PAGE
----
Without intended to being bound thereto the basis of this invention can be explained by equilibrium theory:
DNA+RNA+Solid Phase=DNA-RNA-Solid Phase
Solid phase is of equal importance, and thus for simplicity can be removed from equation, resulting in
If now [DNA]lysate is strongly reduced by [DNA]lysate being bound to the polymer of this invention, and [DNA]isolated is still constant (see below), equilibrium shifts towards more [RNA]isolated.
Interestingly, the overall binding of DNA ([DNA]isolated in the equation above) in the presence of the polymer is just as good as in its absence. Thus, generally the polymer strongly enhances the RNA kinetics compared to DNA, although the thermodynamic of the systems is virtually unchanged.
Those skilled in the art will realize that a (complete) removal of DNA is possible in line with this invention, preferably by introducing a DNA digestion step after the first lysis and binding step. Removing DNA prior to or as part of the lysis and binding steps (e.g. with DNAse), will however resemble what has been referred to as prior art enzymatic degradation of the lysate. Of course, such degradation can be carried out within the scope of this invention, if the acidic polymer is present during subsequent binding to the solid phase.
The nucleic acid containing sample of this invention typically comprises a biological sample such as a cellular sample. In general, samples such as tissues are also applicable to this invention. In latter case an additional mechanical or enzymatic step to disrupt the tissue can be required prior to binding of nucleic acids to nucleic acid binding solid phases, as it is known in the art.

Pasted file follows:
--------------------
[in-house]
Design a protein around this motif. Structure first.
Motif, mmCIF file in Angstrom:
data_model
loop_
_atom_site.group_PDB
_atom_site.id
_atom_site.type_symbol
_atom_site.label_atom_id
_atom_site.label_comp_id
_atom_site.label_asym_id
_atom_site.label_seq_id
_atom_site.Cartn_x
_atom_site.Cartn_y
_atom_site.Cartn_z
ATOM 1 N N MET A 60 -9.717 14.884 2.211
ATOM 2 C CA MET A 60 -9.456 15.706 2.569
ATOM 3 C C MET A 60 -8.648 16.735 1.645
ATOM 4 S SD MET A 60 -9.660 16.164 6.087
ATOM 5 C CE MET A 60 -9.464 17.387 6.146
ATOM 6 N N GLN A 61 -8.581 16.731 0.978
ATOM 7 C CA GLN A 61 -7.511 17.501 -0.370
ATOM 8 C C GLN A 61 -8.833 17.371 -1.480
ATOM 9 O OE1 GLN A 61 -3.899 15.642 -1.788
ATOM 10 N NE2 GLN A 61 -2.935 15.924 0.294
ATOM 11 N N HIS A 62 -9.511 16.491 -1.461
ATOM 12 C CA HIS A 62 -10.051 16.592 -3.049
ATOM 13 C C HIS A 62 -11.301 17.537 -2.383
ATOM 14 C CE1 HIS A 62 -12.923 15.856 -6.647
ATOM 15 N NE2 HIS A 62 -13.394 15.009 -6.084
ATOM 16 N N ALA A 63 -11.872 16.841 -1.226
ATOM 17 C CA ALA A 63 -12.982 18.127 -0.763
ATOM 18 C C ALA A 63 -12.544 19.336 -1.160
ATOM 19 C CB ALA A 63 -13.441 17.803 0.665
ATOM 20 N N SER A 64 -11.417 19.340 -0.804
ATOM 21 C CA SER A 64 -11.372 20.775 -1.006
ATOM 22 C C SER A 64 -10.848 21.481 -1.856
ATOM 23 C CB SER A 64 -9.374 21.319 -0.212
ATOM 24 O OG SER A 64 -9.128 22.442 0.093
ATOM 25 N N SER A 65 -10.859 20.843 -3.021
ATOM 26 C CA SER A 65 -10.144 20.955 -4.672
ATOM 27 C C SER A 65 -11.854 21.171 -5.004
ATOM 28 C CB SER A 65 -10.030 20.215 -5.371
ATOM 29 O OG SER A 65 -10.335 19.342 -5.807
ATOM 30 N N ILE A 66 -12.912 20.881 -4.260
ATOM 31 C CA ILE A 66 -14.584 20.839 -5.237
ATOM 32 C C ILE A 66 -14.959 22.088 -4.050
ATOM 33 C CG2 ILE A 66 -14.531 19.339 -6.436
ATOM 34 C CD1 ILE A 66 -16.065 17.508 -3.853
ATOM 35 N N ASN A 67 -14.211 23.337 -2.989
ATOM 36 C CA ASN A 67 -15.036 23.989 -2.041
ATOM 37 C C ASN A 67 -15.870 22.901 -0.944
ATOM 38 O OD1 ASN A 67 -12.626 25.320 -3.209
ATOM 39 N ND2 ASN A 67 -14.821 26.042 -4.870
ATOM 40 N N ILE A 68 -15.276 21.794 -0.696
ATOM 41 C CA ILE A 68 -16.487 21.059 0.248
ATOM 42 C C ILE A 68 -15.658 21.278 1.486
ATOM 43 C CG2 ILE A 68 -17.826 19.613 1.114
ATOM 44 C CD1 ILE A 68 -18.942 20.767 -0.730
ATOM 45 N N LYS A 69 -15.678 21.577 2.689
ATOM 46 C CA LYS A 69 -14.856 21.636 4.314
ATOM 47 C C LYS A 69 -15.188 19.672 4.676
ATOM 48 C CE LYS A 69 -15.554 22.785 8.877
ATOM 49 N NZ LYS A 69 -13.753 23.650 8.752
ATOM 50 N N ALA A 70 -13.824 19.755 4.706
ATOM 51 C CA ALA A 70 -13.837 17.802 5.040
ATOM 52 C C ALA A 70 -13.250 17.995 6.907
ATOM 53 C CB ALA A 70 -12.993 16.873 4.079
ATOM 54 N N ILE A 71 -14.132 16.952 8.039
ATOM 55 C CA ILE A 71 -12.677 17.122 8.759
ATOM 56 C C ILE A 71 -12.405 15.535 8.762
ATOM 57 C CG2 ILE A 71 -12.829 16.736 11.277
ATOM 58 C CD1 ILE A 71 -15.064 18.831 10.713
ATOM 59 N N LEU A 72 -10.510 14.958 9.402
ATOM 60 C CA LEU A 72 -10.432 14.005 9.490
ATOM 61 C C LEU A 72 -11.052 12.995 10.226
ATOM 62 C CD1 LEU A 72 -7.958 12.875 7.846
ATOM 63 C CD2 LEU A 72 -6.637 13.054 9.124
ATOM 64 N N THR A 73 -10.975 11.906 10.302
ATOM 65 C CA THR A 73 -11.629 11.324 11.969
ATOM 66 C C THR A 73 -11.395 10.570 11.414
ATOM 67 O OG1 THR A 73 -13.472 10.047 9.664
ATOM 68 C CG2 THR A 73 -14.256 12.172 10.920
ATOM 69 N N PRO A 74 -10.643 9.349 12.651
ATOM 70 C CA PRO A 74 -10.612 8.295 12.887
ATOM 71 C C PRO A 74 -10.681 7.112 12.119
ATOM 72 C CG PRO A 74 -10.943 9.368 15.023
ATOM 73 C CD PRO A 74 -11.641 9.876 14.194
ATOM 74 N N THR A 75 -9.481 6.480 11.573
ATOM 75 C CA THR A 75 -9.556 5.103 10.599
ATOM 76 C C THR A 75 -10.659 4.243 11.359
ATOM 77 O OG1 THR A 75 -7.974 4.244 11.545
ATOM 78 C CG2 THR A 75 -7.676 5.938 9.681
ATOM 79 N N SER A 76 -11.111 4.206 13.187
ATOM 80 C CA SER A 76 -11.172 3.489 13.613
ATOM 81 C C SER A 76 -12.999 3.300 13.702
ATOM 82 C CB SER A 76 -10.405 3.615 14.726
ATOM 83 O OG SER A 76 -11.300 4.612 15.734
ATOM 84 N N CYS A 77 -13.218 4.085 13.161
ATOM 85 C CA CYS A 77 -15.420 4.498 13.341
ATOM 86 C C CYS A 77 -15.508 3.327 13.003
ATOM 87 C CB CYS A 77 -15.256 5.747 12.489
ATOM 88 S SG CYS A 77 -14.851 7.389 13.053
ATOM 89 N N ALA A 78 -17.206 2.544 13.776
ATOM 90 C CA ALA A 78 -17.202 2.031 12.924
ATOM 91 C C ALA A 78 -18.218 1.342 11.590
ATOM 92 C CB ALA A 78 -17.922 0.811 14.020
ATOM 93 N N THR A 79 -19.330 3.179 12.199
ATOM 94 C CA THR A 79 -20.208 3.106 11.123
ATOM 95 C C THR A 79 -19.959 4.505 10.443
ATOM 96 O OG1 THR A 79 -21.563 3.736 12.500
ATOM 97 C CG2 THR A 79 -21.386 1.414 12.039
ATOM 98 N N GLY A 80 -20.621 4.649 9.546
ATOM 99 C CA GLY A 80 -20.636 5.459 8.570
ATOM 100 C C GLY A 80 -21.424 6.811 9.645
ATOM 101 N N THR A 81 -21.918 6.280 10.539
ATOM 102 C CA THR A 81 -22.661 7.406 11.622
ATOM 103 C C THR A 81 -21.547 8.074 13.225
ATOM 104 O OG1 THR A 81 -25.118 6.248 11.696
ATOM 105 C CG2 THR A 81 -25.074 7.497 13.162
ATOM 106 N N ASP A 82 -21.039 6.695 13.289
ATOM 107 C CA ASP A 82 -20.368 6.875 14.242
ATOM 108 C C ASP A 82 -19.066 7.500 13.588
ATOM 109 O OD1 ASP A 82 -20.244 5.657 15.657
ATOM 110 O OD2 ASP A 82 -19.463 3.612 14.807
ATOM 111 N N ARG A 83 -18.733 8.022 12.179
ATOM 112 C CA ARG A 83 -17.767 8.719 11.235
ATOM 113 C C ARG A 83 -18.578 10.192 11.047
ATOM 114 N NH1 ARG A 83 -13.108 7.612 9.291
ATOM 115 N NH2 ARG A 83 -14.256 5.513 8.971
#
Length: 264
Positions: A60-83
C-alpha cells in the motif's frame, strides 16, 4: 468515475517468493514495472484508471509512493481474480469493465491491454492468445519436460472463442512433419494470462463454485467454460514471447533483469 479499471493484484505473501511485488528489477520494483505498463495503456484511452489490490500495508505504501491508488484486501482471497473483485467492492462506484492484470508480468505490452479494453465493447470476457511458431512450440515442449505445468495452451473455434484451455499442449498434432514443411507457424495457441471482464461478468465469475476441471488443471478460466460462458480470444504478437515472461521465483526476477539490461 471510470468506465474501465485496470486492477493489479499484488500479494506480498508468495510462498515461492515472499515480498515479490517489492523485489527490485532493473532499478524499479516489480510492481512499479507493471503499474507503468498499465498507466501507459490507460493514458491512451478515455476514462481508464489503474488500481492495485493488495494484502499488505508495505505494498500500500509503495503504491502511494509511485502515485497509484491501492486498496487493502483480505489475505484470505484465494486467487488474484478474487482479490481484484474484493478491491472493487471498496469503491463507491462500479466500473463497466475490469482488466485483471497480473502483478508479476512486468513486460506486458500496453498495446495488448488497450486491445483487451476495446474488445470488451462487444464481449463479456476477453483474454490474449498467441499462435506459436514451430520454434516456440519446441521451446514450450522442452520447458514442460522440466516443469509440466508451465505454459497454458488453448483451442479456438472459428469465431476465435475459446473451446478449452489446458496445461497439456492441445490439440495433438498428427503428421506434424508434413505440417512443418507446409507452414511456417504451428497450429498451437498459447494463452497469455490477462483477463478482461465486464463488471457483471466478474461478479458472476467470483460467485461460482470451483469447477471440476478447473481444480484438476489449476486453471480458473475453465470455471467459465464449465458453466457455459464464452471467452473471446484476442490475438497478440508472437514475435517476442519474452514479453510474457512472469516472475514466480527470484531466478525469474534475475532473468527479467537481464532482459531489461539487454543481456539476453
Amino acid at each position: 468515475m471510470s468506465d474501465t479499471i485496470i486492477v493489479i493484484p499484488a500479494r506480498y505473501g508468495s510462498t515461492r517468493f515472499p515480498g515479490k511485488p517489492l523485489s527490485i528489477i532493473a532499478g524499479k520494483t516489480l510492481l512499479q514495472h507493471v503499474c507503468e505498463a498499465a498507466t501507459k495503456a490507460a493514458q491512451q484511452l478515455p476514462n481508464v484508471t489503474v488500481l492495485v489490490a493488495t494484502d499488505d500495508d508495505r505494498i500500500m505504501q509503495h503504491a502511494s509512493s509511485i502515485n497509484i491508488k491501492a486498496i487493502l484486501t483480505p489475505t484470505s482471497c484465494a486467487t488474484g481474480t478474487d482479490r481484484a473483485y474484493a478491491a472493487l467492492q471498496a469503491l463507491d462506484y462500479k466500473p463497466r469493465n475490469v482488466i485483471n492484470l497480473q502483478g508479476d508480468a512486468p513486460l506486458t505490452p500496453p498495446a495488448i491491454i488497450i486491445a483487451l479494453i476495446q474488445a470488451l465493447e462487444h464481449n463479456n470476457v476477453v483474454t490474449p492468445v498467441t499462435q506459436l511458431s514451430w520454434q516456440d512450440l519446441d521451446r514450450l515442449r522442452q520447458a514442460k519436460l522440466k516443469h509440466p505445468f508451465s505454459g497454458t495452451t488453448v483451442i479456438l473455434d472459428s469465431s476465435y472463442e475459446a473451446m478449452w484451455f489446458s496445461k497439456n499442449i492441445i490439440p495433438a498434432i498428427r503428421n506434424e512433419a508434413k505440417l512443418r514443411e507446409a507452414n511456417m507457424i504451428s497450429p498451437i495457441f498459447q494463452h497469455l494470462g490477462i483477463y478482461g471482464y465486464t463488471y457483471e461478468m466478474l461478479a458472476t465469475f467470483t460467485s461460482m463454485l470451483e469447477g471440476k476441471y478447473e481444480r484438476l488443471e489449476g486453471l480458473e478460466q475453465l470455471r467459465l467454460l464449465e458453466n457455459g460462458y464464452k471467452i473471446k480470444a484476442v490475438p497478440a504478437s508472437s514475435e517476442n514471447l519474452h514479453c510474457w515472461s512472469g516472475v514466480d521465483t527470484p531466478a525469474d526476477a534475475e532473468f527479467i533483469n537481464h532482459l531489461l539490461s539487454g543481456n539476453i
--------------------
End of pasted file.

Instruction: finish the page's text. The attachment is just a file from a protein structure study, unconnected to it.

The nucleic acid to be isolated may be RNA, DNA or a modified form thereof. When the nucleic acid is RNA, this may be rRNA, mRNA or total RNA.
The chaotropes usable according to the invention generally comprise a chaotropic ion, provided at a concentration which is sufficient to cause the nucleic acid to loose its secondary structure and, in case of double stranded nucleic acids, to melt. The chaotropes preferably comprise a guanidinium salt, urea, or sodium or potassium iodide, chlorate, perchlorate or (iso)thiocyanate or any mixtures thereof. Preferred chaotropes include guanidinium salts free of thiocyanates (to avoid development of HCl under acidified conditions).
A typical range for concentration of chaotropes for nucleic acid silica binding is 2 to 6 M of chaotropic salts, however, any suitable concentration resulting in the isolation of nucleic acids should be considered as being according to the invention.
The nucleic acid binding solid phase must be capable of binding nucleic acids in the presence of a chaotrope, but is not limited to any specific material. Various material are known as nucleic acid binding solid phases, including silica based material such as those described in U.S. Pat. No. 5,234,809, polymeric material including latex and polystyrene-based material such as those described in WO96/18731. In general, any solid surface materials known to bind nucleic acid under the influence of a chaotrope will be applicable to this invention.
The form of the solid phase includes sheets, sieves, sinters, webs, membranes, beads and fibres. Particles are particularly useful as these may be packed in a column or used in suspension. Magnetic particles are particularly beneficial because of the ease with which they can be separated from an associated liquid phase in a magnetic field. Silica-based magnetic particles usable in the present invention include those described in WO 03/084976 (silica coated magnetic particles).
The acidic polymer used according to this invention can be any acidic polymer, preferably a poly(acrylic acid) or poly (methacrylic acid). However, this invention is not restricted to poly(acrylic acids), nor is it restricted with regard to their molecular weight. From the experiments, it is evident that a broad range of molecular weights can be used (from Mw 2000 to 200 000). The concentration of the used polymers (weight of polymer/volume of lysate=w/v (wt %)) can also be within a very broad range, which is from 1*10-5 to less than 50 wt %, more preferably from 0.05 to 5 wt %, most preferably from 0.1 to 2.5 wt %. The examples show for instance the use of a poly(acrylic acid) of MW 2.100, ranging from 0.14 wt % to 2.2 wt % in the lysate.